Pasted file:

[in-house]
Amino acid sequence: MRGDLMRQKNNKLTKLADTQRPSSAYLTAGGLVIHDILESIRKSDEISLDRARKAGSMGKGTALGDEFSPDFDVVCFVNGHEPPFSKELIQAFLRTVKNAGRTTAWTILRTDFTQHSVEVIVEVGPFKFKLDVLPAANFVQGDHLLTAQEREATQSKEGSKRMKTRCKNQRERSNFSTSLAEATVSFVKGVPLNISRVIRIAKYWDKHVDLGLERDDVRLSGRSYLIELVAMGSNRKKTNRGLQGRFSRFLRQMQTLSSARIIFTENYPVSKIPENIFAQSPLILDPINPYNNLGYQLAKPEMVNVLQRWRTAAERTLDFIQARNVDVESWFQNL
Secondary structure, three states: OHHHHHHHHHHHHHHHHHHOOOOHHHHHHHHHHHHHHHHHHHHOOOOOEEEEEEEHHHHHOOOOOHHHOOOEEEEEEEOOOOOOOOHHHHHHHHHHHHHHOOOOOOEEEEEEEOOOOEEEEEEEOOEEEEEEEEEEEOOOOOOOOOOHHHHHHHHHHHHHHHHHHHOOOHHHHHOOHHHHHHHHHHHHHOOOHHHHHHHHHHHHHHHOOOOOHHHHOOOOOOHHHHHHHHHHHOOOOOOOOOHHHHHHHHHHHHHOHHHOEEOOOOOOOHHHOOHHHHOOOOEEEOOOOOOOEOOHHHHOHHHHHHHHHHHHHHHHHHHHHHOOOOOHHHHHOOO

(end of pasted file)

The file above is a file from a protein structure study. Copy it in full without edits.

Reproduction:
[in-house]
Amino acid sequence: MRGDLMRQKNNKLTKLADTQRPSSAYLTAGGLVIHDILESIRKSDEISLDRARKAGSMGKGTALGDEFSPDFDVVCFVNGHEPPFSKELIQAFLRTVKNAGRTTAWTILRTDFTQHSVEVIVEVGPFKFKLDVLPAANFVQGDHLLTAQEREATQSKEGSKRMKTRCKNQRERSNFSTSLAEATVSFVKGVPLNISRVIRIAKYWDKHVDLGLERDDVRLSGRSYLIELVAMGSNRKKTNRGLQGRFSRFLRQMQTLSSARIIFTENYPVSKIPENIFAQSPLILDPINPYNNLGYQLAKPEMVNVLQRWRTAAERTLDFIQARNVDVESWFQNL
Secondary structure, three states: OHHHHHHHHHHHHHHHHHHOOOOHHHHHHHHHHHHHHHHHHHHOOOOOEEEEEEEHHHHHOOOOOHHHOOOEEEEEEEOOOOOOOOHHHHHHHHHHHHHHOOOOOOEEEEEEEOOOOEEEEEEEOOEEEEEEEEEEEOOOOOOOOOOHHHHHHHHHHHHHHHHHHHOOOHHHHHOOHHHHHHHHHHHHHOOOHHHHHHHHHHHHHHHOOOOOHHHHOOOOOOHHHHHHHHHHHOOOOOOOOOHHHHHHHHHHHHHOHHHOEEOOOOOOOHHHOOHHHHOOOOEEEOOOOOOOEOOHHHHOHHHHHHHHHHHHHHHHHHHHHHOOOOOHHHHHOOO